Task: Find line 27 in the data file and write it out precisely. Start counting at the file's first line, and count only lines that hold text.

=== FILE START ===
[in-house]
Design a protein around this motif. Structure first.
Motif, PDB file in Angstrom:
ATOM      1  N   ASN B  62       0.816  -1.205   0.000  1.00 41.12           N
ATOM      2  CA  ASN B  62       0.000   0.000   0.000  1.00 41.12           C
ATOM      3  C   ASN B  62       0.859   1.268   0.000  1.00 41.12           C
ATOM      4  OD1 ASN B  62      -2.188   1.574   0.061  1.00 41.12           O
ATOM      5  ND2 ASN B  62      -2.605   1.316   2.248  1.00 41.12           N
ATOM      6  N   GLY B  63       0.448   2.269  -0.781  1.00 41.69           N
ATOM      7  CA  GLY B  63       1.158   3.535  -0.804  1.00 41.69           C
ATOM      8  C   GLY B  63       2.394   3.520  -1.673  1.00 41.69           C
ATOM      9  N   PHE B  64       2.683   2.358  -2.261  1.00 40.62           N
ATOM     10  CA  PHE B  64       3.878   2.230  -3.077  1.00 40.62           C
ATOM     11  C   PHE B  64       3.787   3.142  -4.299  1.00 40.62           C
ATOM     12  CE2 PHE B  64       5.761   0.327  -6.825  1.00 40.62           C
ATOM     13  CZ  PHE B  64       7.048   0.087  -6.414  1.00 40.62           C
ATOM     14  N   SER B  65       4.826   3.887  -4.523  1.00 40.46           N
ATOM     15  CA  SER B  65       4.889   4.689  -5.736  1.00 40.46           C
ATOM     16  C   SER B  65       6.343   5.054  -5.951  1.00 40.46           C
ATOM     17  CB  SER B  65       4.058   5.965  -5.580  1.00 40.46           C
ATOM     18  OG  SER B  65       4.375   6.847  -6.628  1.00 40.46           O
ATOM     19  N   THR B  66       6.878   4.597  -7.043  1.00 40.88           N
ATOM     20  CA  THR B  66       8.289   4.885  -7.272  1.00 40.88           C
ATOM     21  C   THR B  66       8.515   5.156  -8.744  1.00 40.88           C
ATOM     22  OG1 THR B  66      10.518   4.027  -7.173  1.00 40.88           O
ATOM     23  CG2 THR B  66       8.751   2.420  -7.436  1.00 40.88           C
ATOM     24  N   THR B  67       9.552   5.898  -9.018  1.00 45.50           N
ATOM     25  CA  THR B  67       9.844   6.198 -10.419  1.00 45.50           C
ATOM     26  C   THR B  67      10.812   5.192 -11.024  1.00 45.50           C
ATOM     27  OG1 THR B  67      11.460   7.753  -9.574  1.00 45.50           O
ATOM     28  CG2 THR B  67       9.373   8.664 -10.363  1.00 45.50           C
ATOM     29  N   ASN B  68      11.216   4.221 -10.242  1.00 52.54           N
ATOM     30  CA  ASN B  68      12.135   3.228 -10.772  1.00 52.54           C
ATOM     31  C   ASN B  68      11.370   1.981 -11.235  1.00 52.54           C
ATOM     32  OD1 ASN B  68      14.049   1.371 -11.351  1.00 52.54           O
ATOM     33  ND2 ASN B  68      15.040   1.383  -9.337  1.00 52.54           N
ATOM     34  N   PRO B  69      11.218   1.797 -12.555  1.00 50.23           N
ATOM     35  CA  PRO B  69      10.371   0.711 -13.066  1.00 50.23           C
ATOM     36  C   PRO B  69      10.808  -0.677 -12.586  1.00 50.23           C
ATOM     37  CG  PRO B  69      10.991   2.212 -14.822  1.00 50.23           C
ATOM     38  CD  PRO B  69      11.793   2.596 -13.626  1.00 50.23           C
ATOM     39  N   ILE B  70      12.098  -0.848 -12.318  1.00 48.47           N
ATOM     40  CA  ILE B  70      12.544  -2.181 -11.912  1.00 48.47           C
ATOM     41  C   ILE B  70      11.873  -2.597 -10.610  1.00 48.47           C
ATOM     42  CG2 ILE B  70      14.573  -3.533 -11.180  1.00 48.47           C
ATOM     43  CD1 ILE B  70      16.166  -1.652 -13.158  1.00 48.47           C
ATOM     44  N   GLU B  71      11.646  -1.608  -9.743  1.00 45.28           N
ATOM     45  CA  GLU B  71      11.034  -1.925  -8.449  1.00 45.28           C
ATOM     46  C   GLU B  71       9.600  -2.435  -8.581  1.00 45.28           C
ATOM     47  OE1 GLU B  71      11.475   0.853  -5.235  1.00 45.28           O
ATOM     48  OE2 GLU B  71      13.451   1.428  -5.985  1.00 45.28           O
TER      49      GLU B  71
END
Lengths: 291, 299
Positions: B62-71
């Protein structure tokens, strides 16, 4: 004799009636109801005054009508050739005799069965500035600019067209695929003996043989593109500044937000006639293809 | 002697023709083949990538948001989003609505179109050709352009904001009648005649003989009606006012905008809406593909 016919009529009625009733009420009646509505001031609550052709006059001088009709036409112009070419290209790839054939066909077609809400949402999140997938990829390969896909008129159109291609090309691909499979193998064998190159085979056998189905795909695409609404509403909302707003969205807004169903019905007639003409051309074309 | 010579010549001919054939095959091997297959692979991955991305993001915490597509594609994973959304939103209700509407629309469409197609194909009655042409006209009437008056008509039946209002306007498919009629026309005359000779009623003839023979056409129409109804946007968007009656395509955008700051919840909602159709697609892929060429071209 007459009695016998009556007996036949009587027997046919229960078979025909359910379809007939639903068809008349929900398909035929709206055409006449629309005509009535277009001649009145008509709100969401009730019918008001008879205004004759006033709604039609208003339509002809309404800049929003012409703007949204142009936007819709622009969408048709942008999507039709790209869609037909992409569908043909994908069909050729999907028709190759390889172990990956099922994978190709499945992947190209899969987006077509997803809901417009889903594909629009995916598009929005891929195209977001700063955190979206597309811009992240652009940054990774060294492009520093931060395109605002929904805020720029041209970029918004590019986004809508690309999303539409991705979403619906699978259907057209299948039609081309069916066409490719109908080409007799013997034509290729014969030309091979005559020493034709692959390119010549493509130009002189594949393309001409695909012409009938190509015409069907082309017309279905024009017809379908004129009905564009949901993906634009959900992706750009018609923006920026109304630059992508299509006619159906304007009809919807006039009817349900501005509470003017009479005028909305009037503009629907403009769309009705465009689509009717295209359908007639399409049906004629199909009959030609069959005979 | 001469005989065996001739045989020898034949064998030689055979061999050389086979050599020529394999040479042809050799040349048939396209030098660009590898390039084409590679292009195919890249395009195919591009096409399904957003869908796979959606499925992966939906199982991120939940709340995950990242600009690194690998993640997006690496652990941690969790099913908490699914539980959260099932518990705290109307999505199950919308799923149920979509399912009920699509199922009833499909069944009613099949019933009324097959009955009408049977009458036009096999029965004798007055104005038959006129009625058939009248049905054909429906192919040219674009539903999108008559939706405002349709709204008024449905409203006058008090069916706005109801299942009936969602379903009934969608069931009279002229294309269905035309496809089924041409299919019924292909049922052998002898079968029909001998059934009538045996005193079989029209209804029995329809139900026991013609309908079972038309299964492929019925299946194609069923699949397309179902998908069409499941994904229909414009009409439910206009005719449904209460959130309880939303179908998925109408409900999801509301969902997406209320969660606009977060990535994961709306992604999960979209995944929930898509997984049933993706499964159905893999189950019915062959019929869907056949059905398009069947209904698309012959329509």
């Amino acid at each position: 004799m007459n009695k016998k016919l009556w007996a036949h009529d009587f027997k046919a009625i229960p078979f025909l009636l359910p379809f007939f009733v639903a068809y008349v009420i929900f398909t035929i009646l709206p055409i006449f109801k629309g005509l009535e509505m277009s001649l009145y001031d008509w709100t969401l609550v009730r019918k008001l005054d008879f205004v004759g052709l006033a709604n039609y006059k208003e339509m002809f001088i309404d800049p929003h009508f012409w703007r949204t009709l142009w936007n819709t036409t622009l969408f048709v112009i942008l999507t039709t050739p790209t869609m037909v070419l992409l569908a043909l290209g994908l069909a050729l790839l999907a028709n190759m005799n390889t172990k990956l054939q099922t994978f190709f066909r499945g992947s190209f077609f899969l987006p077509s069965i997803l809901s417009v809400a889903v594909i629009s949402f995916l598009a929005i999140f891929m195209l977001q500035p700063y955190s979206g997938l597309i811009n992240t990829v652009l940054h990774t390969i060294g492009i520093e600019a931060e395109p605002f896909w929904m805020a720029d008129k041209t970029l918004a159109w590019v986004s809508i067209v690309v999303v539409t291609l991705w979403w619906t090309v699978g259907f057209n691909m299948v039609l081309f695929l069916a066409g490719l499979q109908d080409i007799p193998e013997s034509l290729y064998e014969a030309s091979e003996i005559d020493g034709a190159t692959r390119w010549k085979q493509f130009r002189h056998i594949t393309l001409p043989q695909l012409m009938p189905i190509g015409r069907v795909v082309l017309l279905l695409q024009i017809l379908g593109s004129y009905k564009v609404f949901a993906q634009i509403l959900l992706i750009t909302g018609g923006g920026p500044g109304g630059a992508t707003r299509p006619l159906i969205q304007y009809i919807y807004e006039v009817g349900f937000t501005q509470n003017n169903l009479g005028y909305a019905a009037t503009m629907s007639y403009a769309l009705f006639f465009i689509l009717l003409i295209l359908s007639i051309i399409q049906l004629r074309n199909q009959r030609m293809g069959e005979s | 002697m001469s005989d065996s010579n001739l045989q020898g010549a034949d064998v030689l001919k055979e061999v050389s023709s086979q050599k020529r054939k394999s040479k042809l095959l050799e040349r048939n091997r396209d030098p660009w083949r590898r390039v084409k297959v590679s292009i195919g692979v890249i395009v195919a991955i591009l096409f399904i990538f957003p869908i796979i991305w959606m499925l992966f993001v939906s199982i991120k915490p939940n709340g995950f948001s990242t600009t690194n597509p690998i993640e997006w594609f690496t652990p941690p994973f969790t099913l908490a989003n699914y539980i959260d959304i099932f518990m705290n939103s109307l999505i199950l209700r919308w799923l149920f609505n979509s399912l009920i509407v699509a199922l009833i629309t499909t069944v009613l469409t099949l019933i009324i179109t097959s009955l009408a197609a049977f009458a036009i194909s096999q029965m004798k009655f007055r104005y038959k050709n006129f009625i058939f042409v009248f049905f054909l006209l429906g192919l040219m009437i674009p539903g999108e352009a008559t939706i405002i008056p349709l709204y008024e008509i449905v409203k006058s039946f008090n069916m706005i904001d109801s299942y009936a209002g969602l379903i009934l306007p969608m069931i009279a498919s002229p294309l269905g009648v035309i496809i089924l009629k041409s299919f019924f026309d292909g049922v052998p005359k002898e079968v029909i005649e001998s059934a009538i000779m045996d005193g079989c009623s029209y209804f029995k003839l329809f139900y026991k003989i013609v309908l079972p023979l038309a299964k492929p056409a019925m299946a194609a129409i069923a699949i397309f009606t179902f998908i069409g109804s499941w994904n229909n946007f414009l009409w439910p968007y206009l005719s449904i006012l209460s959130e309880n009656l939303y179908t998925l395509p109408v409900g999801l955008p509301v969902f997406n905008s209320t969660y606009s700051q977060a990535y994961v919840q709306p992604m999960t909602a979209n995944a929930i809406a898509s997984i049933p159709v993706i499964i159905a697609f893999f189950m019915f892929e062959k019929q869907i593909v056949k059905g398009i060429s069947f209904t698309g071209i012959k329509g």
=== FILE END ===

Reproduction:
ATOM     24  N   THR B  67       9.552   5.898  -9.018  1.00 45.50           N